Theatre in Wales

Theatre, dance and performance reviews


Un Ballo in Maschera

Welsh National Opera , Wales Millennium Centre , February-09-19
Un Ballo in Maschera by Welsh National Opera The well-deserved warmth of the welcome to the return the company’s Conductor Laureate, Carlo Rizzi indicated that the packed audience was ready for a good time. The great fun that they found in the first half of this tale belies its ending at the masked ball. It is described as a melodrama!
The chorus, in fine voice but it is the skipping as they dance around the stage that’s set the deceptive happy atmosphere.

Under Rizzi’s baton the WNO orchestra plays Verdi’s prelude to the opera sweeping us through the rise and fall of the narrative with an excellent musicality that continues throughout, bringing us some outstanding harp towards the tragic end.

Audiences have been able to enjoy and appreciate the wonderful voice of Gwyn Hughes Jones at the Welsh National Opera, where he began his career, since 1995. The lead male role, Riccardo in Un Ballo in Maschera is a big one. From the outset, Jones gives us a wonderful, big performance. He rejoices in the knowledge that the name of the woman he loves, Amelia, the wife of his friend and advisor, Renato, Count Anckarström is on the guest list for the masked ball. He expresses his delight in his opening aria and his ringing tenor voice wraps itself around the large Donald Gordon auditorium and our spines start to tingle.

He has been given the list by his page Oscar. Oscar is given a totally captivating and delightful performance by Swiss-French born soprano Julie Martin du Theil. She continues to sparkle even in some of the darkest moments.

When Renato, Roland Wood, arrives, with his excellent and warm baritone, another great and moving voice. He is anxious to warn Riccardo of a plot to kill him but Riccardo dismisses this.

We become aware that a complaint has been made against Ulrica, the fortune-teller known as Madame Arvidson). Sara Fulgoni gives her an air of mystery but her singing does need to be a little stronger.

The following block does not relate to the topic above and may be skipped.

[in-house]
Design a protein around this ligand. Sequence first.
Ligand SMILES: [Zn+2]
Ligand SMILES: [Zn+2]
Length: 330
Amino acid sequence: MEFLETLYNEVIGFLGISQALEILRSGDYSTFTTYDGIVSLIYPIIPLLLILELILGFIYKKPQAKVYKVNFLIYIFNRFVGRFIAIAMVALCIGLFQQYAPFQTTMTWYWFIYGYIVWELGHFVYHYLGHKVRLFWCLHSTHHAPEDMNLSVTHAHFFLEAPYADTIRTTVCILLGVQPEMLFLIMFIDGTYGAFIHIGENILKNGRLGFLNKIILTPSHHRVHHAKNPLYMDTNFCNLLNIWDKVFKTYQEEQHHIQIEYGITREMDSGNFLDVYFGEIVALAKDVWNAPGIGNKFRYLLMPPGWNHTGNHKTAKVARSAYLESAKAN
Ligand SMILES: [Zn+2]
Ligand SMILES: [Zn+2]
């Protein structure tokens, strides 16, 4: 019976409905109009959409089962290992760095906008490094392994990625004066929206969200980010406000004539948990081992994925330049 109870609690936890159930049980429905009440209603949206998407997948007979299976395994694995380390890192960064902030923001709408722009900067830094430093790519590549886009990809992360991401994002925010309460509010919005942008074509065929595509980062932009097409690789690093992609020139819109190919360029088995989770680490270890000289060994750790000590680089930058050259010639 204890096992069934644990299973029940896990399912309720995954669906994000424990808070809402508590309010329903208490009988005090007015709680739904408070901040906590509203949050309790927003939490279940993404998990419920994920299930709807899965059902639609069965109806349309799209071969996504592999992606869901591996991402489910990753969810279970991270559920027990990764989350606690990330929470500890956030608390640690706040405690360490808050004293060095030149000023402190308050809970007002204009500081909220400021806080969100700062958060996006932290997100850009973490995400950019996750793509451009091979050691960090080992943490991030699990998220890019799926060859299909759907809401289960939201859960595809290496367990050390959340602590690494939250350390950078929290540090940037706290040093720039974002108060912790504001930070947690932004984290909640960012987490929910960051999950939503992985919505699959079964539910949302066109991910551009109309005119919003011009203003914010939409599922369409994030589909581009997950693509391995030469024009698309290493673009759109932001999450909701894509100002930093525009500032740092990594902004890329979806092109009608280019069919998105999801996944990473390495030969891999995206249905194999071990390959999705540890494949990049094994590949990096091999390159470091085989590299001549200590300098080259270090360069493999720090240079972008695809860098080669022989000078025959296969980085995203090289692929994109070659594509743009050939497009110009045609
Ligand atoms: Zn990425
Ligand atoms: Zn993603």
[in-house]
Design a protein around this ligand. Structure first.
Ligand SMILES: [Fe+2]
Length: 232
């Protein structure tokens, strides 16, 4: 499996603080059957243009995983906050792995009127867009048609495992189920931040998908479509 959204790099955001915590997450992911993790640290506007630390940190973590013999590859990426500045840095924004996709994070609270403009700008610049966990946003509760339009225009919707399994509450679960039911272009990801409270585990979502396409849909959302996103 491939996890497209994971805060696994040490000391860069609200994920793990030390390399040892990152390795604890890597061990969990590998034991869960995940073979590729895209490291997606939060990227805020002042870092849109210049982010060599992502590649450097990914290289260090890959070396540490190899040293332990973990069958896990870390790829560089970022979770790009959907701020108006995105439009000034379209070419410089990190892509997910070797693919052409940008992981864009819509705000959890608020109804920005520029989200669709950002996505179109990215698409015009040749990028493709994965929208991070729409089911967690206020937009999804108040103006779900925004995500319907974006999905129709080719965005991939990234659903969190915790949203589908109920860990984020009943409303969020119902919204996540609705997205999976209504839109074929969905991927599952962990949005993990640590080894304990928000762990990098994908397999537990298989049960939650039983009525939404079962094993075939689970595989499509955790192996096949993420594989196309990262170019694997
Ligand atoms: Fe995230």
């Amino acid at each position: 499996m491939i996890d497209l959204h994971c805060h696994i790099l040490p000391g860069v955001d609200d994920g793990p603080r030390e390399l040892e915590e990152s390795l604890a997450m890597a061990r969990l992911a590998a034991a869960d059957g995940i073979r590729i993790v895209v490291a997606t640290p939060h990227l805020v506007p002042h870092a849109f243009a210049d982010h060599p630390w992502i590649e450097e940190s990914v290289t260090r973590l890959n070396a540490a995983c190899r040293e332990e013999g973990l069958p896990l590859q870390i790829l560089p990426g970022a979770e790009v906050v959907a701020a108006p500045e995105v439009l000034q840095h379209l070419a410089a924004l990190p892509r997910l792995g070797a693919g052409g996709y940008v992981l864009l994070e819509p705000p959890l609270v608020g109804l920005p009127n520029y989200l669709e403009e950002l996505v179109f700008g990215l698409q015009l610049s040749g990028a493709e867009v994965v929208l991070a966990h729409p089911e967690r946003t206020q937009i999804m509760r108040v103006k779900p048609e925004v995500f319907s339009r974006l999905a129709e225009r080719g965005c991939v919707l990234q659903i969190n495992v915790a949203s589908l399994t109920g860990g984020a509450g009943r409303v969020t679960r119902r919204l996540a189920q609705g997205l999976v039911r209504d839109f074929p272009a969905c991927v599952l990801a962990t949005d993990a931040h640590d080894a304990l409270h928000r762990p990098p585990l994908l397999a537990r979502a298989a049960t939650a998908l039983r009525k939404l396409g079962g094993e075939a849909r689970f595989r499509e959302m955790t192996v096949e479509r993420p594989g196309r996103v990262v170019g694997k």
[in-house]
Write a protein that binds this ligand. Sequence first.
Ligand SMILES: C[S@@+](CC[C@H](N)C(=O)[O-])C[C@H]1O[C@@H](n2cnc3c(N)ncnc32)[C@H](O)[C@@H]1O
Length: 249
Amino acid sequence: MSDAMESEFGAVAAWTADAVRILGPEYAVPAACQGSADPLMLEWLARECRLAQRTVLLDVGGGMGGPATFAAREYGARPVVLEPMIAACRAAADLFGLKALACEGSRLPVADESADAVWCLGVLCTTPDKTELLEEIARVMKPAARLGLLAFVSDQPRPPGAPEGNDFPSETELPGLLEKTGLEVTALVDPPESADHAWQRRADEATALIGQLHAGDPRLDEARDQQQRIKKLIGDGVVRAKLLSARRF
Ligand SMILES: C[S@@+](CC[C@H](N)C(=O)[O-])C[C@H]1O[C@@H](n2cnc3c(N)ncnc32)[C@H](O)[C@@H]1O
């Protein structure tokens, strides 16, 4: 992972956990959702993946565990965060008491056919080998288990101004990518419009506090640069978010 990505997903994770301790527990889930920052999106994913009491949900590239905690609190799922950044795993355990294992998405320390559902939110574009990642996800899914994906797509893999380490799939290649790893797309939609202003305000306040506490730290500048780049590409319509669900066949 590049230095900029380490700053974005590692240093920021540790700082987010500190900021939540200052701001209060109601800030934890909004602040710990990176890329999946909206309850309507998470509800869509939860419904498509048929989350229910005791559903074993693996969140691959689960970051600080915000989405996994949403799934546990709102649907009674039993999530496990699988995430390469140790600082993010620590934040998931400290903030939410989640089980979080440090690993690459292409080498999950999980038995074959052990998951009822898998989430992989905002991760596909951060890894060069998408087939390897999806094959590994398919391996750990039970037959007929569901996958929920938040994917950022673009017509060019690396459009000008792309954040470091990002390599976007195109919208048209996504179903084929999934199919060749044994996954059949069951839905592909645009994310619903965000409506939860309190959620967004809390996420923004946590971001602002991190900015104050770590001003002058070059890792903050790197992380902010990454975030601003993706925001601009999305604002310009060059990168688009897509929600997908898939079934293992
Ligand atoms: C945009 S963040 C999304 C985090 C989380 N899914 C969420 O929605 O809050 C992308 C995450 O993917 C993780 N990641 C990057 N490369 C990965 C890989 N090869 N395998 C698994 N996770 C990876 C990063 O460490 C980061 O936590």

At Ulrica’s residence Riccardo finds that Amelia is visiting the fortune-teller. He hears her tell Amelia if she finds a herb it will bring peace to her heart. Mary Elizabeth Williams, an American soprano sings beautifully and acts very convincingly, a performance of sheer delight.

When Riccardo asks for his fortune to be told, she tells him he will be killed by the next man who shakes his hand. He meets Renato who shakes his hand in greeting.

The stage is set. There is a plot to kill Riccardo. Things move quickly on to the masked ball. This is departing Artistic Director David Pountney’s final production for the company. He succeeds with his set and costume designers, Raimund Bauer and Marie-Jeanne Lecca to give us a visually exotic experience. The ever-changing scarlet walls and the skeletal costumes all enhance the atmosphere of this dramatic narrative. As things draw to a close Renato does stab Riccardo.

Gwyn Hughes Jones’ wonderful tenor voice has remained at full power throughout the performance. Only now does it weaken as he lies dying, quietly asserting Amelia’s virtue and forgiving his enemies.

A wonderful evening of great singing and great music, asserting the power that great opera can have and the great performances that the WNO continually gives us.

Reviewed by: Michael Kelligan

back to the list of reviews

This review has been read 387 times


Privacy Policy | Contact Us | © keith morris / red snapper web designs /